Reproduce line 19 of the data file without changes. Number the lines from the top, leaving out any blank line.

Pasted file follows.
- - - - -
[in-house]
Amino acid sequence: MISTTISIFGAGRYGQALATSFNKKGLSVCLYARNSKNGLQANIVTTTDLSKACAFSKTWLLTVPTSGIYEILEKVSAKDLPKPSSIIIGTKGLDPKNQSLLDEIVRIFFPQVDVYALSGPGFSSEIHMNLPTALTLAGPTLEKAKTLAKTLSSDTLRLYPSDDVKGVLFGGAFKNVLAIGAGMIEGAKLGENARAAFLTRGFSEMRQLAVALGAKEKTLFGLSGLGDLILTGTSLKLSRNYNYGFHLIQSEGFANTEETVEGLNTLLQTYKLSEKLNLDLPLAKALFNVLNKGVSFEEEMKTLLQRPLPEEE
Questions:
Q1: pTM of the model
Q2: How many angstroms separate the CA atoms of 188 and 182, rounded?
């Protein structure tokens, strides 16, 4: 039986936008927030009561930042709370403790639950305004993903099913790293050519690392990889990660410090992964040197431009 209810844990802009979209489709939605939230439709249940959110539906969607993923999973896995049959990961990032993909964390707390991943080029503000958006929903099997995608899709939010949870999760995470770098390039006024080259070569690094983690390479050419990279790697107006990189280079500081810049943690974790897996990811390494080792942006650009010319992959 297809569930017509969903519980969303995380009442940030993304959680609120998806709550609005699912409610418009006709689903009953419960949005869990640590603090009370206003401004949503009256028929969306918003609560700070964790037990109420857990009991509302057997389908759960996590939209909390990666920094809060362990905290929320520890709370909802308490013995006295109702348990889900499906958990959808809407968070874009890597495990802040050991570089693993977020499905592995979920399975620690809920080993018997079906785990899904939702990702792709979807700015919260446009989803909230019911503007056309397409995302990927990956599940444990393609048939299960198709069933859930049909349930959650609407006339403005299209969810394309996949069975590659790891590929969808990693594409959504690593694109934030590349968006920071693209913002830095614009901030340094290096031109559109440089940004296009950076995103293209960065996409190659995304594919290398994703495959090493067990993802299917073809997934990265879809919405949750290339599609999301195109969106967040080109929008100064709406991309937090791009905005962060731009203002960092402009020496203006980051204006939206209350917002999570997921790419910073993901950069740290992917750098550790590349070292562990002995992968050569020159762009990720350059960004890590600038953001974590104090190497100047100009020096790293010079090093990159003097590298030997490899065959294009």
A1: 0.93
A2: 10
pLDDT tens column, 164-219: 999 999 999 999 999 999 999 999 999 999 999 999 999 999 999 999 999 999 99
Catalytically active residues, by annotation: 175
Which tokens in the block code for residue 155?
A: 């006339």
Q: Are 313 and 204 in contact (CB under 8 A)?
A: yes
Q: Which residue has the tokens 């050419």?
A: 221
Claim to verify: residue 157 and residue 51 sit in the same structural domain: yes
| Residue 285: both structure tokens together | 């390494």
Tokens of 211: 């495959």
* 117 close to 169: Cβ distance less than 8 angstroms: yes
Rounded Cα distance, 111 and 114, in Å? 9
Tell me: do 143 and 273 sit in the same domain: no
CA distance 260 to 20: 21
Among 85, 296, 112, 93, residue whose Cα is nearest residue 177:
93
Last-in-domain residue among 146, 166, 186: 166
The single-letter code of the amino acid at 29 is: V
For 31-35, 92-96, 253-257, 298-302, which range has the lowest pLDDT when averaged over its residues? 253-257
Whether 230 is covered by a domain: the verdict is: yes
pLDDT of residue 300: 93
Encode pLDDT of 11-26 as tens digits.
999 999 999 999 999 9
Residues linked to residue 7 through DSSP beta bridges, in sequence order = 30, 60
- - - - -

Tokens of 211: 């495959």